Saturday, 10 December 2016

Black Is The New Orange

I have been of the mind for some time that the Philadelphia Flyers should never wear a black jersey. I know they did in the past, but I wasn't a fan of the black jerseys from 1997 until 2010 and I was pleased when they returned to their orange-and-white roots. While black is a key color in their logo, they have traditionally worn white or orange depending on where the games were held. With the Stadium Series game being located in Pittsburgh, it appears that the Flyers are going bold rather than traditional with their jerseys for this single game.

Seriously? This is what they came up with? Does the NHL consider these Stadium Series games to be their version of the NFL's Color Rush? My goodness are these terrible in so many ways.

Let's be honest: the contrasting name plate is done. Over. Enough with it. You're wearing it on three jerseys already, so I'll commend the Flyers for consistency, but these name plates are horrid. White lettering on the black would pop very well when you factor in the larger font size, yet they opt for black on orange on black. The whole idea of the larger font is to be able to read the name on the back from the stands!

I appreciate the Flyers using white to outline the numbers. At least those on the back will be readable from a distance, but the Flyers added the orange stripe underneath the TV numbers on the sleeves, making the white outline completely unnecessary except on the tops and bottoms of the numbers. I don't know who is in charge of designing uniforms, but there is one case of black-on-white numbers on an orange jersey. It works there due to the fact that the entire background is orange, but this color scheme simply doesn't work with a measly orange stripe.

With me being baffled as to the choice of colors employed by the Flyers, I went searching for some info. From the NHL's release,
The new jersey stands as a contemporary homage to the unique characteristics of 50 years of the Flyers uniform - a bold design for a passionate city. The primary color of the uniform is black, fiercely showcasing the traditional winged-P on the chest. The single dominant orange bands are a reinterpretation of the singular bands of color on the team's current home and away uniforms. In addition, these bands of color are complemented by a contrast color name-plate, which is a signature design feature of the Flyers' NHL uniform.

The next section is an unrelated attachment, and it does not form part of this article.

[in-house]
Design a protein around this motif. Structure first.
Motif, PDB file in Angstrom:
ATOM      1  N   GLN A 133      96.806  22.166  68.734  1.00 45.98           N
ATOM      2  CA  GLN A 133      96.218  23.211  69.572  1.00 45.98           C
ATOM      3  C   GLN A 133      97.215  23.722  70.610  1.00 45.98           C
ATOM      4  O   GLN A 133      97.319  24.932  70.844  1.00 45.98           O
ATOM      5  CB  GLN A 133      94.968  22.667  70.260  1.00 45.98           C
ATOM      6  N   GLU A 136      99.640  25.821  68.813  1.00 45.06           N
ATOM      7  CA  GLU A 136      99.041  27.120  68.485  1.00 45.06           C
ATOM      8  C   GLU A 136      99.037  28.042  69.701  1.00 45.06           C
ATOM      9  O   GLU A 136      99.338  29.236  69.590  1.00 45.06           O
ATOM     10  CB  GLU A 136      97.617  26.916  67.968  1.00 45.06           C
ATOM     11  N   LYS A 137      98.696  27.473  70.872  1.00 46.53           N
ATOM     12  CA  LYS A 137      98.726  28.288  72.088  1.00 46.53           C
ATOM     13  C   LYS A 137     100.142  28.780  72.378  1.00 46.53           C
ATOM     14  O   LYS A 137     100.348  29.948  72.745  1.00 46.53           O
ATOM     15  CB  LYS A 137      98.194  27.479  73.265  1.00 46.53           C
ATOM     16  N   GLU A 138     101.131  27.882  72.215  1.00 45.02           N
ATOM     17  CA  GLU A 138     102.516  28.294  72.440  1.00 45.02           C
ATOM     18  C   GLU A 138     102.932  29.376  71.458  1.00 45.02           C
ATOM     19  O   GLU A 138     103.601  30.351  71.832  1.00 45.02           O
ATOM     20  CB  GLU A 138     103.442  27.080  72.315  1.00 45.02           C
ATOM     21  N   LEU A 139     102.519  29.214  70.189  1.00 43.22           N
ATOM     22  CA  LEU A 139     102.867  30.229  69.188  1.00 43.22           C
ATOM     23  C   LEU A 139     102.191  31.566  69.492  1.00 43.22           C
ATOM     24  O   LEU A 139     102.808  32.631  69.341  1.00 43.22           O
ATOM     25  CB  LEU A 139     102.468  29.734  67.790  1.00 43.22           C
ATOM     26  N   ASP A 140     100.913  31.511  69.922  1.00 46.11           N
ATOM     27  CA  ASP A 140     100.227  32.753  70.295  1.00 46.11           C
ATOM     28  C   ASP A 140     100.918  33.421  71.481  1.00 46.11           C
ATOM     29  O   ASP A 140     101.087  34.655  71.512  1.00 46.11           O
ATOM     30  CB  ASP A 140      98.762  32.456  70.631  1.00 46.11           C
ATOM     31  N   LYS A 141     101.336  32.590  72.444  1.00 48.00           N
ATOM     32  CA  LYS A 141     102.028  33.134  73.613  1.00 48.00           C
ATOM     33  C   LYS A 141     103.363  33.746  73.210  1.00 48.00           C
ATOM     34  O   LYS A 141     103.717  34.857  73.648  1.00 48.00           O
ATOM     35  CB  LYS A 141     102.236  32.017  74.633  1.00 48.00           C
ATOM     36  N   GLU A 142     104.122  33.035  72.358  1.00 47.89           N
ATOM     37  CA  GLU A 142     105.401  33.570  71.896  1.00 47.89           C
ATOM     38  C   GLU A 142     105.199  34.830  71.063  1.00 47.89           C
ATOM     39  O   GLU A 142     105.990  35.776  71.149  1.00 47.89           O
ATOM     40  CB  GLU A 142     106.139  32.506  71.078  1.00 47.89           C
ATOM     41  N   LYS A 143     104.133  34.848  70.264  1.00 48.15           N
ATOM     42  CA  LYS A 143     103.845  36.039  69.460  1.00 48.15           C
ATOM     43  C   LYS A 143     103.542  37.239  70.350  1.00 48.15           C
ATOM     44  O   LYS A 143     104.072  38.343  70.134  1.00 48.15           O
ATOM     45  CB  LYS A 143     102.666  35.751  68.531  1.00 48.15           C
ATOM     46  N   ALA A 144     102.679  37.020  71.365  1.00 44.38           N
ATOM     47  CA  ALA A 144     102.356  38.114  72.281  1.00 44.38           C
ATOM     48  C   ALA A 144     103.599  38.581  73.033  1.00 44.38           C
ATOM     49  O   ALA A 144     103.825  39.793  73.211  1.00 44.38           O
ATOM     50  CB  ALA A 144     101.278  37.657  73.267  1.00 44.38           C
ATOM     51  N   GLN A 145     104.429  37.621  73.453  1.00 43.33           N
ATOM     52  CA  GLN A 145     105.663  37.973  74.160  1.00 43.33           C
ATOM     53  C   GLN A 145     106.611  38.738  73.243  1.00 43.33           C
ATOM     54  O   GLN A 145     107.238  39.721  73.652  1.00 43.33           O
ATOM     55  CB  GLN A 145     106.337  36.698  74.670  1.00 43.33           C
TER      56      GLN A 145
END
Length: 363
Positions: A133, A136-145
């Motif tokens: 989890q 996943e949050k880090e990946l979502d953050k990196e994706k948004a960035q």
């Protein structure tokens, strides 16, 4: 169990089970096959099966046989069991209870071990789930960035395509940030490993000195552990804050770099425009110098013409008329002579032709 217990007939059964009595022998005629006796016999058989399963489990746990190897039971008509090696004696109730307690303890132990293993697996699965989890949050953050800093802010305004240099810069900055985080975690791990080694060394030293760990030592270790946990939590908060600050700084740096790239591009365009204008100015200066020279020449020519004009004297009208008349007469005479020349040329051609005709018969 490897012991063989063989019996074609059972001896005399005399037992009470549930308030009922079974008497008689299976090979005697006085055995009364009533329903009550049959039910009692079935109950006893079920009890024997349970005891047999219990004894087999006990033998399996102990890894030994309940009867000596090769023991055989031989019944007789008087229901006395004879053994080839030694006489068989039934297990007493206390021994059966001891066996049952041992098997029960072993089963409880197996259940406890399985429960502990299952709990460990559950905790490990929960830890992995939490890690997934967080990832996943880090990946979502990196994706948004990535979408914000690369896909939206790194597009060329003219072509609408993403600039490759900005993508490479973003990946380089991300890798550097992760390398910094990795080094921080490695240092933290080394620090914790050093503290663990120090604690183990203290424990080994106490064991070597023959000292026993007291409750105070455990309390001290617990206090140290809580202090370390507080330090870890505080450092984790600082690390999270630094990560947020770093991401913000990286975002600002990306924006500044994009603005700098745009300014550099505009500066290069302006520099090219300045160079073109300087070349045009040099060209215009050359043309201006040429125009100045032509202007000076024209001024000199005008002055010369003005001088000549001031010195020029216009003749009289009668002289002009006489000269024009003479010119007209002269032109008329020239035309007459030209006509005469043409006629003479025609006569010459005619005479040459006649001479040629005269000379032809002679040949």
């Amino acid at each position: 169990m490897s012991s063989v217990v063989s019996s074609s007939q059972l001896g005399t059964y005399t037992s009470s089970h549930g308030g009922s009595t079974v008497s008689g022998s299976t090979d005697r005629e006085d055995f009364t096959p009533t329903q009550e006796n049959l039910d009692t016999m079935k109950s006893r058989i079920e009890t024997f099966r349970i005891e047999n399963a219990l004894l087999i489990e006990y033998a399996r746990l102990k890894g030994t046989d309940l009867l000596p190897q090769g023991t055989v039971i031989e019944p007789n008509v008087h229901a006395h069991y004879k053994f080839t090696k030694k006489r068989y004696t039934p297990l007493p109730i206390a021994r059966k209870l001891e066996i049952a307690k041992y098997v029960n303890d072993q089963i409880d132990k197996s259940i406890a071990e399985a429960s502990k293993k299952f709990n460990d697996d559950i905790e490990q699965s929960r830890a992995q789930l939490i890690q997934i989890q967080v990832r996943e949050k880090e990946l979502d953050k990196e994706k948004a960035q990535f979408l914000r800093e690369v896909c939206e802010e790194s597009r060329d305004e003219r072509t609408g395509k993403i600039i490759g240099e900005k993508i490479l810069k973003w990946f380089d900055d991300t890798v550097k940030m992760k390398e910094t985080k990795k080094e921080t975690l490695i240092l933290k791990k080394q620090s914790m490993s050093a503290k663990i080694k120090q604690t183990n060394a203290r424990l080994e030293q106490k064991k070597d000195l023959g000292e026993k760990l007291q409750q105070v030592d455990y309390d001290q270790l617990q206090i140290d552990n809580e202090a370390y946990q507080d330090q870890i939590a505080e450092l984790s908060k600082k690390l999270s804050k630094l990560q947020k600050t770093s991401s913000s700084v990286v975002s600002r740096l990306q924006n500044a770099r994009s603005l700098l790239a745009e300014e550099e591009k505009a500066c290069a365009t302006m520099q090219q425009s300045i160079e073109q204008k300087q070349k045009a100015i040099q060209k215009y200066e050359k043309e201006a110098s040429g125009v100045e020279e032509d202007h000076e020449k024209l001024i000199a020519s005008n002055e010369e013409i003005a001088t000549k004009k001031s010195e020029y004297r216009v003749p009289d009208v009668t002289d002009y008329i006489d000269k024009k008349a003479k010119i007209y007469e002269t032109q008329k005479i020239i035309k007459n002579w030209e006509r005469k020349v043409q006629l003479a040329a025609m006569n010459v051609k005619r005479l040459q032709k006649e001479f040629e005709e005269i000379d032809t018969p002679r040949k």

The full uniform carries the theme of orange accents over solid black - black socks showcase a single orange stripe across black, gloves include orange highlights, and the black helmet includes numbers mirroring those on the jersey.
So if I read that correctly, the reason they went with a black jersey is because it's a "contemporary homage" to the past? Those two ideas normally don't go together. By definition, contemporary means "belonging to or occurring in the present" while homage is defined as "special honor or respect shown publicly". When referring to the last 50 years, they decided to wear black - a color they wore for 13 of those 50 years? Wow. Whatever PR firm spun that yarn deserves a medal.

If there's one advantage that the Flyers will bring with them outdoors, it's the fact that the puck will disappear into the uniform. For Steve Mason and Michal Neuvirth, that could give them an advantage during scrambles around the crease as the puck may blend into the black uniform despite still being loose. I guess we'll categorize that as a positive for these jerseys, but it won't change the final score when it comes to the design and color scheme.

I'll discuss Pittsburgh's choice in an upcoming article, but the Flyers could have done better. Orange probably wouldn't have been the best choice given what Pittsburgh is wearing for the Stadium Series game, but a white uniform would have been perfect as both a road uniform - it's a road game, after all - and as a contrasting color that fits into their 50-year history.

Black jerseys went out of style a long time ago. Philly could have done much better.

Until next time, keep your sticks on the ice!

1 comment:

Unknown said...

I hated the late 90's Flyers jerseys. I nicknamed them "The Tootsie Roll Boys" because those jerseys looked like the damned wrappers.